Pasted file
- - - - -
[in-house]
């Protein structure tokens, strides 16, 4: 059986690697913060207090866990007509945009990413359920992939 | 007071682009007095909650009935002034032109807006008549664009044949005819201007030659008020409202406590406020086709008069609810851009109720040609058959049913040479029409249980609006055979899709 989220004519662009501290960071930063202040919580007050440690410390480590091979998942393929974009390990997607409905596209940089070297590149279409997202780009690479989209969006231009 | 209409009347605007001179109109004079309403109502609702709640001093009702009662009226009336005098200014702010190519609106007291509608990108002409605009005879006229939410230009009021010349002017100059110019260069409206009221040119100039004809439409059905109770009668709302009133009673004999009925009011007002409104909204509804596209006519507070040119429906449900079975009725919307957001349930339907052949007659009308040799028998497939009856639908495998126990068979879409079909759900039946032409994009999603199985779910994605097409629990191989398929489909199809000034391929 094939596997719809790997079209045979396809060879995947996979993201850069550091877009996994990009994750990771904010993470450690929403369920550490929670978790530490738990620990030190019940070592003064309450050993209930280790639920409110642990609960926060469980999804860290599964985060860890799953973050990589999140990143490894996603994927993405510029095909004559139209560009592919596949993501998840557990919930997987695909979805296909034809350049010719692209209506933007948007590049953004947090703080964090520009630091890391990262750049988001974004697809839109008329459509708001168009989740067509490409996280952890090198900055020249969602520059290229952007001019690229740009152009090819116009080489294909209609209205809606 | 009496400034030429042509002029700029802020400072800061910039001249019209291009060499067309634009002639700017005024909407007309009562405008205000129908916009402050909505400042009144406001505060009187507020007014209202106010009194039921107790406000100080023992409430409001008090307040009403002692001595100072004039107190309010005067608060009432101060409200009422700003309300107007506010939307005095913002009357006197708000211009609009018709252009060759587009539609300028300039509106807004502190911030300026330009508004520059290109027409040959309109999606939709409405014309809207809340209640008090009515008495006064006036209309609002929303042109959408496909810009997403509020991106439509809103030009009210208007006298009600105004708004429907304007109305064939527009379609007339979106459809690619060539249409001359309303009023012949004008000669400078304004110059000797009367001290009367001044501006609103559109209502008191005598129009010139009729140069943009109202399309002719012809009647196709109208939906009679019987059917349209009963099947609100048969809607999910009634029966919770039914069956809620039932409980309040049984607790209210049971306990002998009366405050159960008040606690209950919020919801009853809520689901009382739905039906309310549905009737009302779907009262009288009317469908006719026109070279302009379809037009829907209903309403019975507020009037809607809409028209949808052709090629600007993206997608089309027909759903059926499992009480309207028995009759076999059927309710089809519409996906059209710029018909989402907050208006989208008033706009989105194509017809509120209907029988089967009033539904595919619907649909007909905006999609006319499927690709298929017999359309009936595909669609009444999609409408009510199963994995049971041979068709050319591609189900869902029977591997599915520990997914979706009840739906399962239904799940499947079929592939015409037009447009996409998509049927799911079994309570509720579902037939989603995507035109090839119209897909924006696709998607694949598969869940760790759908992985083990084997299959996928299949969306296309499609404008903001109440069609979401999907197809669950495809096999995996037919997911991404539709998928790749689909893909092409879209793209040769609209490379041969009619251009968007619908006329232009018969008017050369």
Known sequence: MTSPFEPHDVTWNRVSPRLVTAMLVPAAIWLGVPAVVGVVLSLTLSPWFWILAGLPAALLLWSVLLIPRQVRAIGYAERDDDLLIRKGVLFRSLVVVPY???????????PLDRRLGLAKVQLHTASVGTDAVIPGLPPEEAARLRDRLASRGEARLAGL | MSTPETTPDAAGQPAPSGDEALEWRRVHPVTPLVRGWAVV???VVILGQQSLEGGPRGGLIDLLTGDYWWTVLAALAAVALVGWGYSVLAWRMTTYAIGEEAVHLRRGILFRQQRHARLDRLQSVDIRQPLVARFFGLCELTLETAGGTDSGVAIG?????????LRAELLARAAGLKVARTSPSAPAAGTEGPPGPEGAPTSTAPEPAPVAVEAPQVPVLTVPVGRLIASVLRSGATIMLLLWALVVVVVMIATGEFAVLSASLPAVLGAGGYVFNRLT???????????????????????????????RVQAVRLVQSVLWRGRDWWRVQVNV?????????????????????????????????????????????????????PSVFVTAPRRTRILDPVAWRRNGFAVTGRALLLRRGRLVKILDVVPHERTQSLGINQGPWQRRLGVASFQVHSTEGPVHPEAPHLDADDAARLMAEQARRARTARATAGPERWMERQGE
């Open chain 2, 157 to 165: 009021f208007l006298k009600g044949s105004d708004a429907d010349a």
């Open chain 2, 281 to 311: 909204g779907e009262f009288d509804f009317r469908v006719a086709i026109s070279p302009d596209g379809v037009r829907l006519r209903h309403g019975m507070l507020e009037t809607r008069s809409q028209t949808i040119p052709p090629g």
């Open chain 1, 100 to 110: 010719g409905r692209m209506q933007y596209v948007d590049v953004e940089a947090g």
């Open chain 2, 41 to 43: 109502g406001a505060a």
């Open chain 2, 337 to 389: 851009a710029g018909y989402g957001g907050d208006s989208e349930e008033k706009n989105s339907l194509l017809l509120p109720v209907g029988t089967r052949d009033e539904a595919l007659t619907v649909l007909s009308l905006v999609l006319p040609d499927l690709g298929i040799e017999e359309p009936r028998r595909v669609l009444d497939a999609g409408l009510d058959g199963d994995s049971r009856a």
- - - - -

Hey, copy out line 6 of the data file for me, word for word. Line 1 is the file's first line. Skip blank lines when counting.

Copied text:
């Open chain 1, 100 to 110: 010719g409905r692209m209506q933007y596209v948007d590049v953004e940089a947090g």